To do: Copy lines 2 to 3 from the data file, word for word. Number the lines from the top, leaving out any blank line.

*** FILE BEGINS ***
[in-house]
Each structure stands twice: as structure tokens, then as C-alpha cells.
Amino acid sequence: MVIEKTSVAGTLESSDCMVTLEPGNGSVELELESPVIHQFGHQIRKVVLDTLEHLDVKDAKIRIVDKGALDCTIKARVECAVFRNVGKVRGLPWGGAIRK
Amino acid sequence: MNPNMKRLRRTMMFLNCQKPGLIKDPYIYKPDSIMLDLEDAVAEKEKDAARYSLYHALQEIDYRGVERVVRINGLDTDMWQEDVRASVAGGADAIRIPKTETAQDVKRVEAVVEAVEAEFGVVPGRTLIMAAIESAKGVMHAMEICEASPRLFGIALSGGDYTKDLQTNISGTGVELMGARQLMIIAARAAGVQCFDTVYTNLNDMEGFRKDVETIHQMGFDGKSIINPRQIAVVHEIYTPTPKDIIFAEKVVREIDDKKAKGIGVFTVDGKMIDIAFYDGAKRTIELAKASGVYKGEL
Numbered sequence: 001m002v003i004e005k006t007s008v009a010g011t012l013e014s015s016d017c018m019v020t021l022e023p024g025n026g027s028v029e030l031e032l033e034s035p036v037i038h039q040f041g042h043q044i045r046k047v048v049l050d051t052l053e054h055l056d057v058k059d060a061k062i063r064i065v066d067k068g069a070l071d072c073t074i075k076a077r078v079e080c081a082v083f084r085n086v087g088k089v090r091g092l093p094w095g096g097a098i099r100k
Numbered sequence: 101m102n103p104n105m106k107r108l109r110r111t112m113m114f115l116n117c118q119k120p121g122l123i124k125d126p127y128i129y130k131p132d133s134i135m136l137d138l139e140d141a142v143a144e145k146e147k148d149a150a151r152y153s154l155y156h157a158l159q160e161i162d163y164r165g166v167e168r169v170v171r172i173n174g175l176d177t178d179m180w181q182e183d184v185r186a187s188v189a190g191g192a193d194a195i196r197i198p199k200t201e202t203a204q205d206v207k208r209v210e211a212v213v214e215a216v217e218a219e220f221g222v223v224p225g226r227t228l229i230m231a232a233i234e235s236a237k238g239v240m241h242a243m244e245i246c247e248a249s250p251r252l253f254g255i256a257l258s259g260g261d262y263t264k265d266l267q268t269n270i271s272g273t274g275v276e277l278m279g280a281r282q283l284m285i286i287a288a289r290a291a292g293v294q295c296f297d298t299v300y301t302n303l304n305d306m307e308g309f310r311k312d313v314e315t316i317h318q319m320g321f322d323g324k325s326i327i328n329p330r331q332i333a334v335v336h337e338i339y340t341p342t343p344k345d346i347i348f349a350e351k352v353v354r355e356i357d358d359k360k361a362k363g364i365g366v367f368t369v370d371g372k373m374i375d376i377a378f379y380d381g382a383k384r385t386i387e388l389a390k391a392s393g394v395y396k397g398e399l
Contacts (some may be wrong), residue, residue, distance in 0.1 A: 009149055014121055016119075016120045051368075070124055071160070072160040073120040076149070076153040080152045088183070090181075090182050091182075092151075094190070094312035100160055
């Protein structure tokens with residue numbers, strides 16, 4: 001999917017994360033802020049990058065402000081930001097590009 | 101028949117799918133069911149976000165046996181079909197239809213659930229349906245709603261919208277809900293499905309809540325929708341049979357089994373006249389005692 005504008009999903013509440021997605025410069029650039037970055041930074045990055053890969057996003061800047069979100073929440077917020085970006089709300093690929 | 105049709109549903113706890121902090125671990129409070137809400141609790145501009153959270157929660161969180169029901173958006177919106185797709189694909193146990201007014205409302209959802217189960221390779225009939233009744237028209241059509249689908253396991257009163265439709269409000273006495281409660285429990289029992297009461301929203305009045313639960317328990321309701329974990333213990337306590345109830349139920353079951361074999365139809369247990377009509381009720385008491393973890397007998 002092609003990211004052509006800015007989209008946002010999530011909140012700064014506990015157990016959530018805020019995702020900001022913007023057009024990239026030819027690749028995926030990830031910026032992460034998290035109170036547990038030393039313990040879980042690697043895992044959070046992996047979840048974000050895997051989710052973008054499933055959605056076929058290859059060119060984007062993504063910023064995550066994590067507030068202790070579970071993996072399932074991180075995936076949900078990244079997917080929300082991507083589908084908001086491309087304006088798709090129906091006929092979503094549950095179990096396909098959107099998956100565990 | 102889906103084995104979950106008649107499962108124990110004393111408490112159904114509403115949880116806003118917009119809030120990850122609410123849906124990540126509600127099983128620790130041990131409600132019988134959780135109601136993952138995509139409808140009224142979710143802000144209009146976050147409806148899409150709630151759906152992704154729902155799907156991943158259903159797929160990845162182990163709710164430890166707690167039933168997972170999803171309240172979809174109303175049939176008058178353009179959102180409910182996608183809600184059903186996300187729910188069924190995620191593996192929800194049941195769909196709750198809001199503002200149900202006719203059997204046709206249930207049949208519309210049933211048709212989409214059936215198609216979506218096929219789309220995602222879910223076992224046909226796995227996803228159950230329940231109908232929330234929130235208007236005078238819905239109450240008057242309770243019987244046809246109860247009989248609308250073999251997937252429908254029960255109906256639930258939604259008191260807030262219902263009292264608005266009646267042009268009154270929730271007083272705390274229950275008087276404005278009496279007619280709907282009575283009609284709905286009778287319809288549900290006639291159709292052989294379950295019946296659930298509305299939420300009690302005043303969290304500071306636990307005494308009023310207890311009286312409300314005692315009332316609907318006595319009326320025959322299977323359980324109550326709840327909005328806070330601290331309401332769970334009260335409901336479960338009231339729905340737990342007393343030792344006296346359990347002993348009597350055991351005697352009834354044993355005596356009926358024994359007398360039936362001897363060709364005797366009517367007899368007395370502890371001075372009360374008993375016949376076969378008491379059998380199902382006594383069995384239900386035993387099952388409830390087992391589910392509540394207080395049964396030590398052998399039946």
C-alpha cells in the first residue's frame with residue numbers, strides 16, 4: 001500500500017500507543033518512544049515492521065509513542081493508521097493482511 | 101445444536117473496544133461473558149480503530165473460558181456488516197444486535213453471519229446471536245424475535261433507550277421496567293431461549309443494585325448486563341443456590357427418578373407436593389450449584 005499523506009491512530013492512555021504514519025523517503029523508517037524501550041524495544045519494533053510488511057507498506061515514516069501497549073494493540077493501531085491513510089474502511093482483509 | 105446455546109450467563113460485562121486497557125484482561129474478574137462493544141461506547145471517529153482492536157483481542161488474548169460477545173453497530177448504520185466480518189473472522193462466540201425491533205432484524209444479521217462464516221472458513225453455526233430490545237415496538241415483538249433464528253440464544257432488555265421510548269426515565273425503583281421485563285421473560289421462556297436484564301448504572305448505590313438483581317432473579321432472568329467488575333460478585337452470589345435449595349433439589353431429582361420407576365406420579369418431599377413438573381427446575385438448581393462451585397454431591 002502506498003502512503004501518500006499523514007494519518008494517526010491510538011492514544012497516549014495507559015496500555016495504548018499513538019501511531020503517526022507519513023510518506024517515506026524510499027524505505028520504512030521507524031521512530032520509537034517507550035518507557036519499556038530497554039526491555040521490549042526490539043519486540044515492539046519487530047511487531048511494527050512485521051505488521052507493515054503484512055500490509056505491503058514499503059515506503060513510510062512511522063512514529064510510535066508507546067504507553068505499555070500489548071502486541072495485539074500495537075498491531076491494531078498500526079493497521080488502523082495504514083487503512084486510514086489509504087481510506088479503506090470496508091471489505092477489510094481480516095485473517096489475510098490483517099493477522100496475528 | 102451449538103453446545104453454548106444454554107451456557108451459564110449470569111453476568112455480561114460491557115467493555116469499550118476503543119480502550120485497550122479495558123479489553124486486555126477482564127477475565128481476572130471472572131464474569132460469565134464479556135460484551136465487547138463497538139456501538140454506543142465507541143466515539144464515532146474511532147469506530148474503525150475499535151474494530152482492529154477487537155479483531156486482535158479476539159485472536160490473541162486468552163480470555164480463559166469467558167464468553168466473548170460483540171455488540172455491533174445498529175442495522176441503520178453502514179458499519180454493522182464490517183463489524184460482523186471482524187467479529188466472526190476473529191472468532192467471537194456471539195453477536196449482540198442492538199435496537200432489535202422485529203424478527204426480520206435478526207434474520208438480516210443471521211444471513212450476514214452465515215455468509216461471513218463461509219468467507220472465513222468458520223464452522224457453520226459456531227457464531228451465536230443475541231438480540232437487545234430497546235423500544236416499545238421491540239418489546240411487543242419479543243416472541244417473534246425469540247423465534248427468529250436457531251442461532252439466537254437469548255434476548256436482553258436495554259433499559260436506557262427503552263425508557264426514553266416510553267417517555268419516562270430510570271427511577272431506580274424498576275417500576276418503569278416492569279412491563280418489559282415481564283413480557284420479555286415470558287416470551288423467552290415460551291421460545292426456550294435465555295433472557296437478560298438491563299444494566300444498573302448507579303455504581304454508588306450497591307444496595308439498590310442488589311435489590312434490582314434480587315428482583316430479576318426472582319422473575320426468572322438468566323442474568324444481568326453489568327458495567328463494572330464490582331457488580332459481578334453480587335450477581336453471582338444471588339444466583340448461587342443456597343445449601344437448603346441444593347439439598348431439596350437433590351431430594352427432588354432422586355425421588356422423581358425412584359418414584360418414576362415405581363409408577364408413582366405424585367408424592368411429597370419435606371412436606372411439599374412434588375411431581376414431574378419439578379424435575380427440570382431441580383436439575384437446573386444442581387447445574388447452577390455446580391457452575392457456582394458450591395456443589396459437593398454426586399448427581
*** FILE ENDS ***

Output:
Each structure stands twice: as structure tokens, then as C-alpha cells.
Amino acid sequence: MVIEKTSVAGTLESSDCMVTLEPGNGSVELELESPVIHQFGHQIRKVVLDTLEHLDVKDAKIRIVDKGALDCTIKARVECAVFRNVGKVRGLPWGGAIRK